The photo I am looking at now shows a slightly chubbier Sophie in the early years of her marriage. We didn’t meet until I took my former wife and daughters to the US thirty years ago, while I was researching at the University of Pennsylvania. That would have been sixteen years after our first exchange of letters.
I’m doing my best to keep this story tight but there’s so much that could be said. Focus on the point of this story! No telling about the 48 hour horror plane journey from here to their doorstep in Pennsylvania with two tiny kids. Just focus.
The point is that by 1980 when we met for the first time, Sophie was no longer chubby; she was seriously overweight. Food habits in the house were scary. Apart from the sheer size of servings, the type of food was destined to stack on kilos. There were practically no fresh vegetables served. Even the potato was reconstituted. There was lot of red meat on the dinner table and some fresh fruit in a bowl, though more often than not the latter ended up in the waste disposal unit. It was more for display than to eat.
Her husband was addicted to Pepsi Cola. I mean addicted. He drank litres of the stuff daily, though he didn’t eat that much food otherwise. He smoked like a chimney. As a result, he was comparatively skinny, but with an odd pot belly. Playing quite a bit of sport saved him from worse. He drank no alcohol; probably a good thing in his case. Their kids led an active lifestyle and that shielded them from the worst effects of the fat, salt and sugar ridden 'foods'.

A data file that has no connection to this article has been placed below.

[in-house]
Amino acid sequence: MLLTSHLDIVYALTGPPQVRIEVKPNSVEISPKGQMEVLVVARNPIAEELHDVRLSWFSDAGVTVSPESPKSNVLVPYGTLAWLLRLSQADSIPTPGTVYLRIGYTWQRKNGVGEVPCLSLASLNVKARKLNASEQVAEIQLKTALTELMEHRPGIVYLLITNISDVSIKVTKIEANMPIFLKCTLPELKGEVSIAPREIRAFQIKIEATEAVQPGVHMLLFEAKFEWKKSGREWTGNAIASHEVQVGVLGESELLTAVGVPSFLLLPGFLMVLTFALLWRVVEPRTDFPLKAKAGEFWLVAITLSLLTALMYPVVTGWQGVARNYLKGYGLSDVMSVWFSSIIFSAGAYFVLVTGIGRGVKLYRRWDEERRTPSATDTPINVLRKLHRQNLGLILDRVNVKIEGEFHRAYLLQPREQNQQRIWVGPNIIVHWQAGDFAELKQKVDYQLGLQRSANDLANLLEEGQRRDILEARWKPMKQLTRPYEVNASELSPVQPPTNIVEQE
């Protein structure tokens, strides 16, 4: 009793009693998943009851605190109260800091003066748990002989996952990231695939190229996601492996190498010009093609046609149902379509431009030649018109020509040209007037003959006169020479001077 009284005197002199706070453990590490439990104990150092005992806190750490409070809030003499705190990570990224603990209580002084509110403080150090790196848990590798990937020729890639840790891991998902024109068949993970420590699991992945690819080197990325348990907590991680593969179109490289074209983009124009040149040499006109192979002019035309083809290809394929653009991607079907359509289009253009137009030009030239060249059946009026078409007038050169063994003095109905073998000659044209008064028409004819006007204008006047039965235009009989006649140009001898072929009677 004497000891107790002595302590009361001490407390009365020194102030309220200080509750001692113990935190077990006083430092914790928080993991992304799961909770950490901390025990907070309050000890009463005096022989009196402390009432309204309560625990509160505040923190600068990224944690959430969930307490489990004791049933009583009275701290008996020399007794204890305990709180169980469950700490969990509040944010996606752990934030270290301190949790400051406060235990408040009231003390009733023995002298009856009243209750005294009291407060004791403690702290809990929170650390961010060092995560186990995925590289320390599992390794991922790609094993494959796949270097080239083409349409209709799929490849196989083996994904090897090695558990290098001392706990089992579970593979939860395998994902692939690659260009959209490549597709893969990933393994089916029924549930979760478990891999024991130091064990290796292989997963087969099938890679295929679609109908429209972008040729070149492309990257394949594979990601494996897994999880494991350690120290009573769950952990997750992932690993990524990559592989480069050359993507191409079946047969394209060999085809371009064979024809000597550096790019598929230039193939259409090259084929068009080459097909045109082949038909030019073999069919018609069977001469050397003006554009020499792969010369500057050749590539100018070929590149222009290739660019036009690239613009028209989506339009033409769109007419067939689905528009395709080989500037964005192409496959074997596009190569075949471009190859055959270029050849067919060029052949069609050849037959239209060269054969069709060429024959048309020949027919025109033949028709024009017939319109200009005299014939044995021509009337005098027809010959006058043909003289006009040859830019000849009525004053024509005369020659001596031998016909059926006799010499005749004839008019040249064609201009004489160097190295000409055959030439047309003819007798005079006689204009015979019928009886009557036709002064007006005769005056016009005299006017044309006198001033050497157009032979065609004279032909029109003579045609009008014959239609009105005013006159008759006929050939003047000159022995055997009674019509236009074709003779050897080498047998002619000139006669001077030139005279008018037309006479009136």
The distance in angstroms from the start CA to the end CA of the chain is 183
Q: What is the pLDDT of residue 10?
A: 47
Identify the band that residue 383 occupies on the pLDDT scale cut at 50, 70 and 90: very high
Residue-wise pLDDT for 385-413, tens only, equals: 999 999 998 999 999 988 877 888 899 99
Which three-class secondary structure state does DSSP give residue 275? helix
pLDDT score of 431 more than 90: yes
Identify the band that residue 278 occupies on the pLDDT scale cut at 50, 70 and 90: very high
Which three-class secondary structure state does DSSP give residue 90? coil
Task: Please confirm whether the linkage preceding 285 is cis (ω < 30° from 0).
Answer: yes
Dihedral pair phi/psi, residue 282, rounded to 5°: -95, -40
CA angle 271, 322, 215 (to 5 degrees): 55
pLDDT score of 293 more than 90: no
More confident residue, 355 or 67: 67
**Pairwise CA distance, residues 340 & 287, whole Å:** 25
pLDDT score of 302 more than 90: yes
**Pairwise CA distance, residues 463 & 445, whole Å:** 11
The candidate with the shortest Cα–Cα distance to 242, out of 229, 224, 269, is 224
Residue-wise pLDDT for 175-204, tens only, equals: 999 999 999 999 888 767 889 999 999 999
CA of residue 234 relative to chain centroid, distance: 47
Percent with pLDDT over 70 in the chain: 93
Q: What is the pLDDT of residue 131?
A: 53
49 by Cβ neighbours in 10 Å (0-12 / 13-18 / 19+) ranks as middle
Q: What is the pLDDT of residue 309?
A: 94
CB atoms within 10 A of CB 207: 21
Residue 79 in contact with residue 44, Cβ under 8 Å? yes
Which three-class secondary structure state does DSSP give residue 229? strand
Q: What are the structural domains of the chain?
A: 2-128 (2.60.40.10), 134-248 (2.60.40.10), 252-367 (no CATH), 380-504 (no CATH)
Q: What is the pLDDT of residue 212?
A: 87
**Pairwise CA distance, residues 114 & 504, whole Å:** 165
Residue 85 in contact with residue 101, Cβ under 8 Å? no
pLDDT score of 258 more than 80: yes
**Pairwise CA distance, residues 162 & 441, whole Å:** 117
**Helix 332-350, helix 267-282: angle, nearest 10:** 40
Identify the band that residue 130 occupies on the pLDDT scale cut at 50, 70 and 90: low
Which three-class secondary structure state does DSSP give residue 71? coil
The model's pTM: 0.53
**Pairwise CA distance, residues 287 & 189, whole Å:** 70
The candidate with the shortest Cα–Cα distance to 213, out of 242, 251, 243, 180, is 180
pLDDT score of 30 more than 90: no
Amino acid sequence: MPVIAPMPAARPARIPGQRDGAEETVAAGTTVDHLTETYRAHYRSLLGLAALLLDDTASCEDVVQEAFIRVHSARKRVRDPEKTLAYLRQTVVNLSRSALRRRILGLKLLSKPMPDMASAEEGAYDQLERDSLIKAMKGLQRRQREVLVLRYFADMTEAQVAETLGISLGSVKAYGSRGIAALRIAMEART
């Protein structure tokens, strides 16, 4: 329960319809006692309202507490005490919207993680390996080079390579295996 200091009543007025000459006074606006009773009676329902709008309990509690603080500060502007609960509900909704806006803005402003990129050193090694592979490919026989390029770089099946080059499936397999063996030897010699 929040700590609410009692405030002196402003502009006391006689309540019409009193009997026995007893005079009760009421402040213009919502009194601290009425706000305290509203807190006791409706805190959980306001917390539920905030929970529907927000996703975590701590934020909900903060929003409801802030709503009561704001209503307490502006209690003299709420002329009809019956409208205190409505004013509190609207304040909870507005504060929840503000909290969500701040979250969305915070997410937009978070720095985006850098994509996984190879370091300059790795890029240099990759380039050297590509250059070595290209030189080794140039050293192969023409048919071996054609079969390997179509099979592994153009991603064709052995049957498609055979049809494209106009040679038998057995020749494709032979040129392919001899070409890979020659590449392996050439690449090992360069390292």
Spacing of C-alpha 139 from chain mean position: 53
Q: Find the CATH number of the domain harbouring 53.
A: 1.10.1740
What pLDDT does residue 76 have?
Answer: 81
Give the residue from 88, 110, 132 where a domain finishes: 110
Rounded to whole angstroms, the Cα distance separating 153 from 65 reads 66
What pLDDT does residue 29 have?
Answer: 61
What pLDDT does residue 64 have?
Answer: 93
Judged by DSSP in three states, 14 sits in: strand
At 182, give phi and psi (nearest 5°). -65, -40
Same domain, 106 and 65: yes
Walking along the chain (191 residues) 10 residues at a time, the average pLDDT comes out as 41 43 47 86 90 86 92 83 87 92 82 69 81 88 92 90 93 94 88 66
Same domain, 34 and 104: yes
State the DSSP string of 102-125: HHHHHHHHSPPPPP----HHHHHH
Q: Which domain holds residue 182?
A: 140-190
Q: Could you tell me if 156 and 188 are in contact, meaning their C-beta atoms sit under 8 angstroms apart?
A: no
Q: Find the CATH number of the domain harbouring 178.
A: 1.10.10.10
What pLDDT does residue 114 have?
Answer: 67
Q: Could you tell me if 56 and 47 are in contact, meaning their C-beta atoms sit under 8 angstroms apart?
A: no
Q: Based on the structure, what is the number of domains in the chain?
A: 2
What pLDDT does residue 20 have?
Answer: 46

After each meal, large though the portions were, what wasn’t eaten was simply thrown away. Mountains of it.
The irony was, you can get the most beautiful food in the US; any type you like – a wide variety of healthy, wholesome, tasty, and at that time at least, not expensive foods. I don’t think there’s a place in the world where you could live a healthier lifestyle, if you chose, than in middle class America.
After dinner, we generally watched TV down in the den, and then before bed, pizza or some other takeaway was delivered as a late snack, enough for a full evening meal for us all.
Don’t get me wrong now. Most of this food, except maybe for the whipped cream out of an aerosol can on the frozen desserts, was kinda fun. It was rather like party food all the time, and I think that while we were there we put on kilos, in spite of an attempt to be as active as possible.
Such activity was impossible for Sophie. She had almost gone past the point where exercise was an option.